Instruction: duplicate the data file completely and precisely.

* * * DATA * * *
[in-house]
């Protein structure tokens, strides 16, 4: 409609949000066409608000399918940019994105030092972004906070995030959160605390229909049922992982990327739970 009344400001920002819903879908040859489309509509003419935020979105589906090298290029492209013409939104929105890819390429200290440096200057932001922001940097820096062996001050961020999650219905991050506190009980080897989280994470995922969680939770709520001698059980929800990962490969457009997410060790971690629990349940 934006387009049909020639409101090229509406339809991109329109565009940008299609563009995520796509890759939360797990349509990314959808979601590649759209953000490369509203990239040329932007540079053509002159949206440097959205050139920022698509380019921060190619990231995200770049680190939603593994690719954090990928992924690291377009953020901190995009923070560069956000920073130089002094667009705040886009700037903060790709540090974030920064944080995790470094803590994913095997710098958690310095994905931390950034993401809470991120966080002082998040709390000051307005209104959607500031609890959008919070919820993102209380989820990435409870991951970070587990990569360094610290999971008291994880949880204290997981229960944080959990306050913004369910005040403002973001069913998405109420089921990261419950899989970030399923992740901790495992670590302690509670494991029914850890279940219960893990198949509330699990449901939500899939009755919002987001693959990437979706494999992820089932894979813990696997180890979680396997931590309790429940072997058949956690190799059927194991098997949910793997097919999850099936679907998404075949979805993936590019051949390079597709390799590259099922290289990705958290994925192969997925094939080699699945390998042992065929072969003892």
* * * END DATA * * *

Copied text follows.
[in-house]
């Protein structure tokens, strides 16, 4: 409609949000066409608000399918940019994105030092972004906070995030959160605390229909049922992982990327739970 009344400001920002819903879908040859489309509509003419935020979105589906090298290029492209013409939104929105890819390429200290440096200057932001922001940097820096062996001050961020999650219905991050506190009980080897989280994470995922969680939770709520001698059980929800990962490969457009997410060790971690629990349940 934006387009049909020639409101090229509406339809991109329109565009940008299609563009995520796509890759939360797990349509990314959808979601590649759209953000490369509203990239040329932007540079053509002159949206440097959205050139920022698509380019921060190619990231995200770049680190939603593994690719954090990928992924690291377009953020901190995009923070560069956000920073130089002094667009705040886009700037903060790709540090974030920064944080995790470094803590994913095997710098958690310095994905931390950034993401809470991120966080002082998040709390000051307005209104959607500031609890959008919070919820993102209380989820990435409870991951970070587990990569360094610290999971008291994880949880204290997981229960944080959990306050913004369910005040403002973001069913998405109420089921990261419950899989970030399923992740901790495992670590302690509670494991029914850890279940219960893990198949509330699990449901939500899939009755919002987001693959990437979706494999992820089932894979813990696997180890979680396997931590309790429940072997058949956690190799059927194991098997949910793997097919999850099936679907998404075949979805993936590019051949390079597709390799590259099922290289990705958290994925192969997925094939080699699945390998042992065929072969003892």